July 23, 2021

COLUMBIA SIX

Columbia Motors Co. (1916-1924)
Detroit, Michigan


This is a Columbia Six radiator emblem (1918-c1924)      mjs
Size: 58mm wide 58mm high     MM: D L Auld

The Columbia Motors Company was established in 1915 by a group of distinguished and experienced motor industry executives, including William E. Metzger, one of the founders of the E-M-F company.

The Columbia Six, introduced for the 1917 model year, was a fine assembled car, using high quality units. The car was nicely finished with good quality furnishings and was advertised as "The Gem of the Highway". It utilized an exclusive thermostatically controlled radiator shutter system. 

The Columbia Six was popular and sales rose each year, reaching just under 6,000 by 1923, when the company made a number of expensive acquisitions in anticipation of a boom in business, which did not happen. Columbia had overextended itself and was finished later in 1924.

Emblems

The Columbia Six car was named after the popular female personification of the United States, Columbia, who was often depicted clothed in the Stars and Stripes flag about the time of the introduction of the Columbia Six and throughout the First World War. 

The Columbia Six radiator emblem design showed the profiled head of Columbia wearing a bonnet and laurel wreath head-dress. This design is seen in the following Columbia Six advertisement from 1917, together with a photo of a Columbia Six Model D showing the radiator emblem:

Columbia Six ad showing radiator emblem (1917)  tma

Close-up showing radiator emblem and design logo (1917)  tma

The first Columbia Six cars in 1917 carried a red, white and blue enamel radiator emblem, which displayed the head of Columbia over the name "COLUMBIA" in large letters, as shown in the advertisement shown above, see example below. This Columbia Six radiator emblem is extremely rare.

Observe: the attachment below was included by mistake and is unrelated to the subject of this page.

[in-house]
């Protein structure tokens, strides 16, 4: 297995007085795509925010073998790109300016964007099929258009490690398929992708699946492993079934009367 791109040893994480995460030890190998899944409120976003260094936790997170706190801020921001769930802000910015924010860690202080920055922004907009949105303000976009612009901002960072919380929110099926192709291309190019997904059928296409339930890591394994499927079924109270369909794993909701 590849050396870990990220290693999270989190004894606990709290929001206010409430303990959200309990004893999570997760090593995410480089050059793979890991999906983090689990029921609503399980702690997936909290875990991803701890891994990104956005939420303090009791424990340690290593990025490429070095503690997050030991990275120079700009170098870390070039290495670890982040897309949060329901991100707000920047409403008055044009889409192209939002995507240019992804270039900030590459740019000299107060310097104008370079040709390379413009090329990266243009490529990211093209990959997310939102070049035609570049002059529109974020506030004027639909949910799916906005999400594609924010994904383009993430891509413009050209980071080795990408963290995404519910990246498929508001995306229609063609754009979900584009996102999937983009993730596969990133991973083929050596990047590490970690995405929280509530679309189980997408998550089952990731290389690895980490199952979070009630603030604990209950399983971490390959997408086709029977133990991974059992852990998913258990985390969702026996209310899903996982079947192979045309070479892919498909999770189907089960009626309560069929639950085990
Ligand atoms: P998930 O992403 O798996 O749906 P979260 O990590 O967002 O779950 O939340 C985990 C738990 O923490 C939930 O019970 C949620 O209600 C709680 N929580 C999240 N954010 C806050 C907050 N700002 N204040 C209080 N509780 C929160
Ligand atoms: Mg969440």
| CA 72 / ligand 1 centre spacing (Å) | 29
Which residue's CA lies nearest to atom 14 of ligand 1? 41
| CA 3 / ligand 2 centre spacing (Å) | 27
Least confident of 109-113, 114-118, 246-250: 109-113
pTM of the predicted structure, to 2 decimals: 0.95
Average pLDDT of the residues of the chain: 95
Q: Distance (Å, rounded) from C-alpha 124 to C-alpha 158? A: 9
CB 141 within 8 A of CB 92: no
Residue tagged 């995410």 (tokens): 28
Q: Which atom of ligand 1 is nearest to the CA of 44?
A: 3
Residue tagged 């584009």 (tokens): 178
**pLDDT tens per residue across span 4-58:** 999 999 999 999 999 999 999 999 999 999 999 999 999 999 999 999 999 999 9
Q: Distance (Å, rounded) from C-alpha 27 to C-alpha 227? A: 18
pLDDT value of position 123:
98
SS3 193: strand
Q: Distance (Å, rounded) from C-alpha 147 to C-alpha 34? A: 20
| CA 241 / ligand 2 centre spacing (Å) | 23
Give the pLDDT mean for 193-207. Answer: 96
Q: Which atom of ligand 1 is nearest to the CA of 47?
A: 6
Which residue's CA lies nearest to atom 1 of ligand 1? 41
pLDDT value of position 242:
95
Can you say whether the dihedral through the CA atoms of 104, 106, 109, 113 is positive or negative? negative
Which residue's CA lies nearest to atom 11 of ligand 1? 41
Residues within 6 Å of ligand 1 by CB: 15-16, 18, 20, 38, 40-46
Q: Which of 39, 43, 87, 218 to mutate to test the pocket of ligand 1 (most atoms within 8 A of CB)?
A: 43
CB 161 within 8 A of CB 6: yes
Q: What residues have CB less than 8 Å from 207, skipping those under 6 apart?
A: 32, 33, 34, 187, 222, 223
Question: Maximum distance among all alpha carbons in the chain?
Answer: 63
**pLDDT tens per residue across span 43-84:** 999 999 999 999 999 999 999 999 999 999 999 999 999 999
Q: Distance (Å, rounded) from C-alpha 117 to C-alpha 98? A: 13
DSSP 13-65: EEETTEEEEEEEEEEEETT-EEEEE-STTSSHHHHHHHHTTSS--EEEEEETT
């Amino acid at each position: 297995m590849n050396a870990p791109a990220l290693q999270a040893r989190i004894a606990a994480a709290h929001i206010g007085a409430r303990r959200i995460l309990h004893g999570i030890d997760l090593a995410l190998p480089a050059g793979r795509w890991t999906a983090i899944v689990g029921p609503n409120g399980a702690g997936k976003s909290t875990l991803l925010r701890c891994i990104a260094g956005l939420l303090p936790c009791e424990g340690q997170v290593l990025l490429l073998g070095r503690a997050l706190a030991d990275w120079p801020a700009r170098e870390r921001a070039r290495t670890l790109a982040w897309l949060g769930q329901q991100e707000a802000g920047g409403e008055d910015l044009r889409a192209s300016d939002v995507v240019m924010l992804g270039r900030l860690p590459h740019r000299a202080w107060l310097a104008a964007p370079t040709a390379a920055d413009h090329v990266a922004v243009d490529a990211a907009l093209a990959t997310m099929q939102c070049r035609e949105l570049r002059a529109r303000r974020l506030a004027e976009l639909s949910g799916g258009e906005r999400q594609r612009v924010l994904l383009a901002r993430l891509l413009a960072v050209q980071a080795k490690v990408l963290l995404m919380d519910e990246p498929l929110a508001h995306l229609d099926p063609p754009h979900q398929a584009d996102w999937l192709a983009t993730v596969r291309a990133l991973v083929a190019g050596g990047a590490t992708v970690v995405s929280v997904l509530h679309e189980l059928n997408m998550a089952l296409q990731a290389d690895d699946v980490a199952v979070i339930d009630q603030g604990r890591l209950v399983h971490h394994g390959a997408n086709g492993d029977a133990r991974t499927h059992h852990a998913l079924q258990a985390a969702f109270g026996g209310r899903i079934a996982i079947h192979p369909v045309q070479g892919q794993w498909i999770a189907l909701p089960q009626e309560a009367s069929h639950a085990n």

This is a Columbia Six radiator emblem (1917-1918)    mjs
Size:58mm wide 58mm high     MM: Unknown

Columbia Six advertisements in early 1918 show the same emblem design as shown above but, later in 1918, the design was changed to show the Columbia head profile over the words "COLUMBIA SIX", see Columbia Six advertisement shown below:

Columbia Six ad showing the new logo/emblem design (1918)  

The new Columbia Six radiator emblem used a slightly simplified representation of Columbia's hair and laurel wreath head-dress, and included the additional inscription "Made in Detroit", see red, white and blue Columbia six radiator emblem shown above at the top of this post and again below. This radiator emblem was used on the vast majority of Columbia Six cars but is rare, nevertheless.

This is a Columbia Six radiator emblem (1918-c1924)    mjs
Size: 58mm wide 58mm high   MM: D L Auld

In 1924, the Columbia Six Tiger models carried a blue and white enamel version of this radiator emblem, see original period photo shown below. Other models in 1924 appear to have continued to use the previous red, white and blue Columbia Six radiator emblem. 

This is a Columbia Six Tiger Sport with blue & white emblem (1924) flp

Apart from the colors, the blue and white enamel Columbia Six radiator emblem shown below is exactly the same simplified design as the red, white and blue version shown earlier above. This blue and white version of the Columbia Six radiator emblem had limited use and is very rare.

This is a Columbia Six radiator emblem (1924)     mjs
Size: 58mm wide 58mm high   MM: Unknown (poss D L Auld)

The red, white and blue enamel Columbia Six emblem shown below is a mystery. It uses precisely the same simplified design of Columbia's profile, hair and laurel wreath head-dress as for the emblems used from 1918 to 1924 but set over a completely different inscription "Columbia Motors Co." and "Detroit U.S.A.". This inscription suggests that this Columbia radiator emblem may have been made for Columbia Six models intended for export. The emblem may have been made around 1923 at the time when the Columbia Motors Company was anticipating a boom in business which did not happen. This Columbia Six radiator emblem is extremely rare.

This appears to be a Columbia Six radiator emblem (poss 1923-1924) cwc
Size: 58mm wide 58mm high    MM: Unknown







LAFAYETTE

LaFayette Motors Co. (1920-1922)

Indianapolis, Indiana

LaFayette Motors Corp. (1922-1923)

Nash Motors Co. (1924)

Milwaukee, Wisconsin


This is a Lafayette radiator emblem (1920-1924)     mjs
Size: 60mm high 50mm wide    MM: None

The Lafayette Motors Company was founded in 1919 by Charles W. Nash, who planned to make a luxury car that was not connected with Nash Motors (see Nash).